“A pearl is a beautiful thing that is produced by an injured life. It is the tear [that results] from the injury of the oyster. The treasure of our being in this world is also produced by an injured life. If we had not been wounded, if we had not been injured, then we will not produce the pearl.”
― by Stephan Hoeller
Tamatori was made for the sea. Like her mother, and her mother before.
Her childhood was spent on the shore, running barefoot over rocks and fishing crabs and small treasures from over-flowing tide pools. Her too-soon adulthood was spent at the bottom of the waves, fishing pearls and soft-fleshed delicacies from the ocean floor.
Her life was seen through the filter of sunlight drifting down through choppy waters, through the sting of salt in her eyes, salt that cracked on her skin when she walked the shore. Through the thick seaweed hair that rippled around her, forming currents of its own as she spun through the waves. Her knife was never far from her hand, as she chipped oysters free of their stone’s rugged grip. The burn was never far from her lungs as she held her breath like a pearl inside her chest, ‘til it was time to swim for home.
Tamatori had always been made for the sea.
Her love, though, her love had once been made for finer things and never turned to see her watching from the shore. Takeuchi was a fine lord, and once had held the ear of the Empress, the respect of his men. But those days were over now. He had been trusted with the Empress’s most beloved possession, a fine jewel that could turn the very tides and shone as brightly as the moon. He had been trusted. The jewel was lost. Swept from his ship by the very waves it once controlled. The Empress had been furious, and refused to look upon Takeuchi until he returned her jewel. And this he could not do. It was far from him now, beneath the sea, in the grip of mighty Ryūjin.
Despondent. Disgraced. Takeuchi returned to his home beside the shore and let despair take him.
And, it was on a night when his sorrow was at its greatest that Takeuchi finally spoke to Tamatori.
His feet had taken him to cliff and, as he stared down at the moonlight glinting off the waves, he saw an end to his sorry state.
Tamatori, watching from the shadows, leapt forwards with a cry as Takeuchi drew his sword.
“Wait!” she cried, struggling to wrest the blade from his too-strong grip. Takeuchi fought back and, in their struggles, the whole sorry story came out. The jewel. The loss. The shame. And, though Tamatori wished desperately to save Takeuchi from himself, she had not the strength, nor the words to stay his sword. Until her wild eyes cast across the water, and she saw the light that had so entranced Takeuchi before. A light that she, with her life in the sea, knew was not the moon.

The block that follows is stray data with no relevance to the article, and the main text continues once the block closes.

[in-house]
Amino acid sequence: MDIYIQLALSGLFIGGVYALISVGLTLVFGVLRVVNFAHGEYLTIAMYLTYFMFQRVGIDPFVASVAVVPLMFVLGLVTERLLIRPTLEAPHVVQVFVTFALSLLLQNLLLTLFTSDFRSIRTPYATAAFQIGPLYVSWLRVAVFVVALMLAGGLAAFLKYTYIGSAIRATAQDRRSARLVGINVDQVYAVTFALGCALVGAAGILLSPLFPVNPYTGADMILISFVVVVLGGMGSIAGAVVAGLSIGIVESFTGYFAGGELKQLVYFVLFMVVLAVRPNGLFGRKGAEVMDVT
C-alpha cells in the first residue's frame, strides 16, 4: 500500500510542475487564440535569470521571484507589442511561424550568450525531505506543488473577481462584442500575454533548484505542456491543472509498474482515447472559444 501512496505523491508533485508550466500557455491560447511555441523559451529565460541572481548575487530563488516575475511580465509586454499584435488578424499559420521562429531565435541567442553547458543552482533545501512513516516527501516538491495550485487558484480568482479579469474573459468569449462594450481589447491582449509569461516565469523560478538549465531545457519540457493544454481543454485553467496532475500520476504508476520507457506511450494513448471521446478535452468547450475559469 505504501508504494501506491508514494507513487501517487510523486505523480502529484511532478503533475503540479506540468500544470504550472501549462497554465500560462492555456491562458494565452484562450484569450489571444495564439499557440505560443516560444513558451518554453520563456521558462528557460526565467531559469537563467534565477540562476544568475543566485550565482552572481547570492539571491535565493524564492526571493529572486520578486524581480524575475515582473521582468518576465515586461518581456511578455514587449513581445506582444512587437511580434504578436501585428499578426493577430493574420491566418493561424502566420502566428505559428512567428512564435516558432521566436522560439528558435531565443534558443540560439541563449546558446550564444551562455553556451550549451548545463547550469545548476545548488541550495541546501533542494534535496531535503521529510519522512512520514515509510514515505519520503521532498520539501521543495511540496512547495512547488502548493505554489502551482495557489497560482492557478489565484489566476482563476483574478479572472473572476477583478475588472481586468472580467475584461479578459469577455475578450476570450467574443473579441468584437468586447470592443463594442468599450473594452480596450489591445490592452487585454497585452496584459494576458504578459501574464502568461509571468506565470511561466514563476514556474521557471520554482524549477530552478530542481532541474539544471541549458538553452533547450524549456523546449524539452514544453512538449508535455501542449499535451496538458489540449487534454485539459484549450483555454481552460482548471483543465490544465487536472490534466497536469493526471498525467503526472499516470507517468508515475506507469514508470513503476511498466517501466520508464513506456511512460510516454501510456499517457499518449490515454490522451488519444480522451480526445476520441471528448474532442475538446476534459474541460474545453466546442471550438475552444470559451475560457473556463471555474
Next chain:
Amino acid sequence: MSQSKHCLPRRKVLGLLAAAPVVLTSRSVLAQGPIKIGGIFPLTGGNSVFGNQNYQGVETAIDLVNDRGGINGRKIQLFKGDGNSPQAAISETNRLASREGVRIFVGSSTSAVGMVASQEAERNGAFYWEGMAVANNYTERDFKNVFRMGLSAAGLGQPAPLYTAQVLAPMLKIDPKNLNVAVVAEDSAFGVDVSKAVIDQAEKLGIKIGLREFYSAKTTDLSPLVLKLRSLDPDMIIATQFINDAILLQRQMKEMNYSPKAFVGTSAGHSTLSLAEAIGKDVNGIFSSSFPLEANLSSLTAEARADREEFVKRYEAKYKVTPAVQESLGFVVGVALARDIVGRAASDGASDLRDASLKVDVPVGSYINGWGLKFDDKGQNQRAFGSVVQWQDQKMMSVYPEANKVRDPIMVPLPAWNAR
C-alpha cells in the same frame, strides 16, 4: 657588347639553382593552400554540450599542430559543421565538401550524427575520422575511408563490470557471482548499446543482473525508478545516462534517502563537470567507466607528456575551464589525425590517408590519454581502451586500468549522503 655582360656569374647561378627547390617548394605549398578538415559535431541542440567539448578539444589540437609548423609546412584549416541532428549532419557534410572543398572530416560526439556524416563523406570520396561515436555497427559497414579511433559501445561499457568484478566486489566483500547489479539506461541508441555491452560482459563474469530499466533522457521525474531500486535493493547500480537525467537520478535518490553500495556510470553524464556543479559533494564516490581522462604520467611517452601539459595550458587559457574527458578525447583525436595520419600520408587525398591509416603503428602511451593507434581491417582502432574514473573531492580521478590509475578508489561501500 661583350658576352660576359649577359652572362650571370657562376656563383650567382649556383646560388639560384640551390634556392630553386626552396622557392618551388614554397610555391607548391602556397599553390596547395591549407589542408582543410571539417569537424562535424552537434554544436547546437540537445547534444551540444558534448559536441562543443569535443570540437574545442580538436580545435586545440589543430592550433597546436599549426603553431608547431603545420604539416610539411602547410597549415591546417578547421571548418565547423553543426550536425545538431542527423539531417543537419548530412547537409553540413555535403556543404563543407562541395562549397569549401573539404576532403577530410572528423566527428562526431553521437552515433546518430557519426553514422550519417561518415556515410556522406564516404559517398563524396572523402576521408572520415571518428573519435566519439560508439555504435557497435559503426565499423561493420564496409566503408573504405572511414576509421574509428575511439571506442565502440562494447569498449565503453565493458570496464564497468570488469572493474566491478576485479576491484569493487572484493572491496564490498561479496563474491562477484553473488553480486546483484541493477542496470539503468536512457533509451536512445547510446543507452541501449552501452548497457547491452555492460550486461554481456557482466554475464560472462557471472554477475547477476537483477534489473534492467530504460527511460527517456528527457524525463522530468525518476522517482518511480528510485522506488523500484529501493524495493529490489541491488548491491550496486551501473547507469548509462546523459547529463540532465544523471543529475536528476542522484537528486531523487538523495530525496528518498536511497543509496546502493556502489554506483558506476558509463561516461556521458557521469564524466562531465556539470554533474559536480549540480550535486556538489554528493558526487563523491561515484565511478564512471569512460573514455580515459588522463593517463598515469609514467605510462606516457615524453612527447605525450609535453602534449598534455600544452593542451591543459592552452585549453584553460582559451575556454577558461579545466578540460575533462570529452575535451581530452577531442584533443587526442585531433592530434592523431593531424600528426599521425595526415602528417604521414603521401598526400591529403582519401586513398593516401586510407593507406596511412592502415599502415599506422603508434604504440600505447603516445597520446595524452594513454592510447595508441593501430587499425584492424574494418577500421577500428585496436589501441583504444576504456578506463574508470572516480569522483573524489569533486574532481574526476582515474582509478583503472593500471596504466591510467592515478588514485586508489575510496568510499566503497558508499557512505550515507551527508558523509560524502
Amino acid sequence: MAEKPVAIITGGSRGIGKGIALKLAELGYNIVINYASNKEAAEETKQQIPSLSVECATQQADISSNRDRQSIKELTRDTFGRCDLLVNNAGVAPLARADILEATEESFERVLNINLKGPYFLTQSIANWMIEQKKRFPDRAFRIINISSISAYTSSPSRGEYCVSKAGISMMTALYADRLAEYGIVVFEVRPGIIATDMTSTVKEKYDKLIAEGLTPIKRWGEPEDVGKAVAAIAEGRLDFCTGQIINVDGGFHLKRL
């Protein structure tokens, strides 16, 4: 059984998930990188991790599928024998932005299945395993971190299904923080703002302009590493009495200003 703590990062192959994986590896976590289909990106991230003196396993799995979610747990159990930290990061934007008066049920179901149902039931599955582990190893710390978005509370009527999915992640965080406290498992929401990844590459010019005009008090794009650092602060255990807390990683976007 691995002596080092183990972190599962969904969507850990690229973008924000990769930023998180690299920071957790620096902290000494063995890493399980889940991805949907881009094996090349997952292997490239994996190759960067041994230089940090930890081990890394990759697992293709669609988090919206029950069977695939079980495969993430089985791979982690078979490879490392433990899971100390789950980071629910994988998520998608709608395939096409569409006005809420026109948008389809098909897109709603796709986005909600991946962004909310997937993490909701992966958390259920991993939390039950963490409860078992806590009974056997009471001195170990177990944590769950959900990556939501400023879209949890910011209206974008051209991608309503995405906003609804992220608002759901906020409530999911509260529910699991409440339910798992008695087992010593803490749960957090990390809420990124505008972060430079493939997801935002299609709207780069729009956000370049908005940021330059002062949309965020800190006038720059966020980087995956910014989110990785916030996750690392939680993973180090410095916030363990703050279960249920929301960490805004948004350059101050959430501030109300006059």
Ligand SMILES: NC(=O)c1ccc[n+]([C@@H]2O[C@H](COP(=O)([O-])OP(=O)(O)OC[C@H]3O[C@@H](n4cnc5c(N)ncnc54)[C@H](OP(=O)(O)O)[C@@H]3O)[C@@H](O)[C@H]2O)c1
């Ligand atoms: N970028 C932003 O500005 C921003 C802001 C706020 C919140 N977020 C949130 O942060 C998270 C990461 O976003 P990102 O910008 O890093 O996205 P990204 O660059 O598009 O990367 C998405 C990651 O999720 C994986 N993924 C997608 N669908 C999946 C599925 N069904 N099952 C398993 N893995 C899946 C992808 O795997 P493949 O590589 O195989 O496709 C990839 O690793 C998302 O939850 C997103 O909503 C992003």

“Look there,” she cried, “Is that not the jewel you seek?”
Takeuchi looked. Deep beneath the waves, the castle of the mighty Ryūjin, dragon of the sea, its red and orange coral walls stretching up like grasping fingers. And, clutched in the fist of its highest point, shone the jewel of the Empress.
Disappointment was that much more bitter when proceeded by the swooping gasp of hope. “That does not help me,” Takeuchi said. “I cannot reach it.”
“I can,” Tamatori said, and she threw herself into the sea.
Down, down, down she swam into the dark waters. Until the surface seemed a distant dream, and the bubbles of her breath streamed behind her, drifting up like pearls to breadcrumb her watery path.
It seemed like no time, and yet eternity before she reached that highest point and took the shining jewel in hand.
The second that she touched it the ocean came alive around her. Bright jellyfish, their stingers darting through the gloom, swift sharks, half hidden ‘til they were almost upon her and, beneath, the coiling rage of mighty Ryūjin his mouth open wide as he rose to meet her.
If breath had been less precious, Tamatori may have screamed. As it was, she turned and swam towards that distant sky, jewel clutched tight in hand.
Tamatori was a fast swimmer, swift as a fish, her seaweed-hair streaming out behind her as she fled. But, swift as she may be, no human could outswim a dragon. As he rose beneath her, closer, closer, Tamatori knew that soon he would be upon her. That the jewel would be ripped from her grasp and, with it, any hope for her love’s future. But Tamatori knew something else as well. She knew that dragons can only take from the living. The thought had scarce hit her than her knife was in her hand. The flesh of her breast split more easy than rock, and cold water numbed the pain as she tucked the precious jewel close to the porcelain of her ribs.
Mighty Ryūjin recoiled and, as her life stained the waters around her, Tamatori smiled.
Up above, Takeuchi stood alone and watched the sun rise. Beneath the waves, moon-pale, and unbreathing, Tamatori-Hime rose to meet it.
Insp. The Legend of Tamatori-Hime
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